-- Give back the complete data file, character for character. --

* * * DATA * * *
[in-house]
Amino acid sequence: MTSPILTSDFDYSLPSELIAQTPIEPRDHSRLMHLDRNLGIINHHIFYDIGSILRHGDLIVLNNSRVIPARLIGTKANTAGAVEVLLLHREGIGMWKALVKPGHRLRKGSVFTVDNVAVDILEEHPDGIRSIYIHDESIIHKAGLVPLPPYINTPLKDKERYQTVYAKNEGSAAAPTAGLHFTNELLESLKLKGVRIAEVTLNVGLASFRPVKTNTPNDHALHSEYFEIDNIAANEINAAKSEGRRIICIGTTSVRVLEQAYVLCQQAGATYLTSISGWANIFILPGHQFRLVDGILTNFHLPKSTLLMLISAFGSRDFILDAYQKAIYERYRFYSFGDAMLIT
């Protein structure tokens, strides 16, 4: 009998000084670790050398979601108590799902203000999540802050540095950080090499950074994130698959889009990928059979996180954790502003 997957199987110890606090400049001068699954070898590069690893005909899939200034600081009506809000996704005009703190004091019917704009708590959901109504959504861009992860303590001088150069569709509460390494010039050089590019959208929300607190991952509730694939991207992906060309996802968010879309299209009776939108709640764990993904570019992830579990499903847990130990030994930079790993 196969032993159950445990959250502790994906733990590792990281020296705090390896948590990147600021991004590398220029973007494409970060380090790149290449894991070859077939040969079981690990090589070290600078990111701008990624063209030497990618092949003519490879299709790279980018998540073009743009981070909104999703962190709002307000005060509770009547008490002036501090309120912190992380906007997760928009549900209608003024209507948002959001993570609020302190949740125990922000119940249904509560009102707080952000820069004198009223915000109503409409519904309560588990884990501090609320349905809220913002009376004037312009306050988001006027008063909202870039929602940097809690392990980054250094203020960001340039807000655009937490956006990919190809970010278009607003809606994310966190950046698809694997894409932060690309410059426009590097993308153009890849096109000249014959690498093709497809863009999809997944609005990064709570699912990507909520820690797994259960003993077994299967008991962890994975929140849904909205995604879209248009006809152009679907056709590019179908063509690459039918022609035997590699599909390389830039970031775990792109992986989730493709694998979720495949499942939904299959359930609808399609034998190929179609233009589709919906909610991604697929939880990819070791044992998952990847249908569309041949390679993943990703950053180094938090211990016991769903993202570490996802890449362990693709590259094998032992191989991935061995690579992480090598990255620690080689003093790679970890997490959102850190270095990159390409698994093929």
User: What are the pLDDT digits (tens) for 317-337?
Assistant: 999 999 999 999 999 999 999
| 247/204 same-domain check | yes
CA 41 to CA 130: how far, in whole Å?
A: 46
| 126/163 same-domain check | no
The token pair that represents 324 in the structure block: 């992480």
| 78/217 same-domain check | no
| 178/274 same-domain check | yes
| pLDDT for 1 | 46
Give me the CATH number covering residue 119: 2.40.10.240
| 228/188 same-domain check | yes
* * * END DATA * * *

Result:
[in-house]
Amino acid sequence: MTSPILTSDFDYSLPSELIAQTPIEPRDHSRLMHLDRNLGIINHHIFYDIGSILRHGDLIVLNNSRVIPARLIGTKANTAGAVEVLLLHREGIGMWKALVKPGHRLRKGSVFTVDNVAVDILEEHPDGIRSIYIHDESIIHKAGLVPLPPYINTPLKDKERYQTVYAKNEGSAAAPTAGLHFTNELLESLKLKGVRIAEVTLNVGLASFRPVKTNTPNDHALHSEYFEIDNIAANEINAAKSEGRRIICIGTTSVRVLEQAYVLCQQAGATYLTSISGWANIFILPGHQFRLVDGILTNFHLPKSTLLMLISAFGSRDFILDAYQKAIYERYRFYSFGDAMLIT
């Protein structure tokens, strides 16, 4: 009998000084670790050398979601108590799902203000999540802050540095950080090499950074994130698959889009990928059979996180954790502003 997957199987110890606090400049001068699954070898590069690893005909899939200034600081009506809000996704005009703190004091019917704009708590959901109504959504861009992860303590001088150069569709509460390494010039050089590019959208929300607190991952509730694939991207992906060309996802968010879309299209009776939108709640764990993904570019992830579990499903847990130990030994930079790993 196969032993159950445990959250502790994906733990590792990281020296705090390896948590990147600021991004590398220029973007494409970060380090790149290449894991070859077939040969079981690990090589070290600078990111701008990624063209030497990618092949003519490879299709790279980018998540073009743009981070909104999703962190709002307000005060509770009547008490002036501090309120912190992380906007997760928009549900209608003024209507948002959001993570609020302190949740125990922000119940249904509560009102707080952000820069004198009223915000109503409409519904309560588990884990501090609320349905809220913002009376004037312009306050988001006027008063909202870039929602940097809690392990980054250094203020960001340039807000655009937490956006990919190809970010278009607003809606994310966190950046698809694997894409932060690309410059426009590097993308153009890849096109000249014959690498093709497809863009999809997944609005990064709570699912990507909520820690797994259960003993077994299967008991962890994975929140849904909205995604879209248009006809152009679907056709590019179908063509690459039918022609035997590699599909390389830039970031775990792109992986989730493709694998979720495949499942939904299959359930609808399609034998190929179609233009589709919906909610991604697929939880990819070791044992998952990847249908569309041949390679993943990703950053180094938090211990016991769903993202570490996802890449362990693709590259094998032992191989991935061995690579992480090598990255620690080689003093790679970890997490959102850190270095990159390409698994093929």
User: What are the pLDDT digits (tens) for 317-337?
Assistant: 999 999 999 999 999 999 999
| 247/204 same-domain check | yes
CA 41 to CA 130: how far, in whole Å?
A: 46
| 126/163 same-domain check | no
The token pair that represents 324 in the structure block: 């992480």
| 78/217 same-domain check | no
| 178/274 same-domain check | yes
| pLDDT for 1 | 46
Give me the CATH number covering residue 119: 2.40.10.240
| 228/188 same-domain check | yes